This week ended with Poland’s Constitutional Tribunal (pretty much a lackey of the PiS-led government), pushing the nuclear button on the primacy of EU law. Unlike Brexit, this is an existential issue for the EU and requires a severe and unequivocal response. It will be the number-one issue for heads of government when they meet in two week’s time, if there is not a miraculous U-turn between now and the European Council on 21-22 October.

When it was just Hungary – formerly loyal members of the European People’s Party – there wasn’t the same sense of urgency among leaders. Orban also liked to take things to the brink but then take one step back. Poland followed Hungary’s lead but has followed its logic to the end by questioning the primacy of the Treaties over the Polish constitution.

Bye bye Babiš?


This might be a moment of truth, we see others looking towards Orban, like Slovenia’s Janša and the Czech Prime Minister Babiš taking similar ‘strong man’ positions. The dangers of inaction are becoming more worrying than action. Parliamentary elections in the Czech Republic today and tomorrow, will show whether Babiš has been damaged by the revelations in the Pandora Papers that he has bought a $22 million French property through shell companies and didn’t declare it, which he is legally obliged to do as a member of parliament.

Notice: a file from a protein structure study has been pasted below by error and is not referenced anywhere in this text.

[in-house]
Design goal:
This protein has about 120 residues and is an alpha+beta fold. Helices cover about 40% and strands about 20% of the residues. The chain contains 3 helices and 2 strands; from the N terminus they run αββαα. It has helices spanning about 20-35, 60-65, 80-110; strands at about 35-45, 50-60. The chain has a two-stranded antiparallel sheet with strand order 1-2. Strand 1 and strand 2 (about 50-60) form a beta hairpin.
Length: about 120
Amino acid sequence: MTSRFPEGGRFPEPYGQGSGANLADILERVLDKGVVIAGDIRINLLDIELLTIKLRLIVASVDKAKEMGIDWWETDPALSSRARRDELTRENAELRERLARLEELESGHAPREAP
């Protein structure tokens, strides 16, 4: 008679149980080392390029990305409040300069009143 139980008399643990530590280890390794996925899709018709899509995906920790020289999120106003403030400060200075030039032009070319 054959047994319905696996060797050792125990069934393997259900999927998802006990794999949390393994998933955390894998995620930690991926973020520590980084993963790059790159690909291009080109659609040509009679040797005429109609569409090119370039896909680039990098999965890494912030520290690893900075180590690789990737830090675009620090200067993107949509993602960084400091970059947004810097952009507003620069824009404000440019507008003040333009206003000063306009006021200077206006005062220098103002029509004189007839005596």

EU-Ukraine Summit

Another name that popped out of Pandora’s box was Ukrainian Presdient Volodymyr Zelenskyy. On Tuesday (12 October), the EU-Ukraine Summit will take place in Brussels and might be an opportunity to ask about what the papers reveal about his relationship with the head of Ukraine’s intelligence agency, Ivan Bakanov.


Energy prices

On Wednesday (13 October) the Commission will announce a toolbox of measures that states can take to help citizens and businesses deal with the recent hike in energy prices. The Commission proposal will lay out measures that can be taken swiftly – and that are compliant with EU law – include allowing direct payments to those most at risk of energy poverty, cutting energy taxes, shifting charges to general taxation. Energy Commissioner Kadri Simson said: “The immediate priority should be to mitigate social impacts and protect vulnerable households, ensuring that energy poverty is not aggravated. Higher than expected ETS revenues provide space for doing so.”

An end to the sausage wars? 

Proposals from the UK  to reply to the UK’s threat to introduce safeguard measures will be proposed on Wednesday. Šefčovič will put forward four non-papers that he says will bring big changes. The  papers concern medicines, sanitary and phyto-sanitary surveillance, customs and a way to enhance democratic governance of the Northern Ireland Protocol.  

But Brexit is a multi-headed hydra, no sooner has one head been sliced off than another appears. Negotiations on Gibraltar to formalize the current framework agreement agreed between Spain and the UK on the Rock, since the UK left, will be laid down in a more formal legal basis, negotiations between the EU and the UK start on Monday. 

Add to this a fisheries council where quotas will be discussed and the impasse between France and Jersey (UK Crown Dependency) over licenses and it’s easy to see that this one will run and run – accompanied by bellicose headlines in the British press no doubt.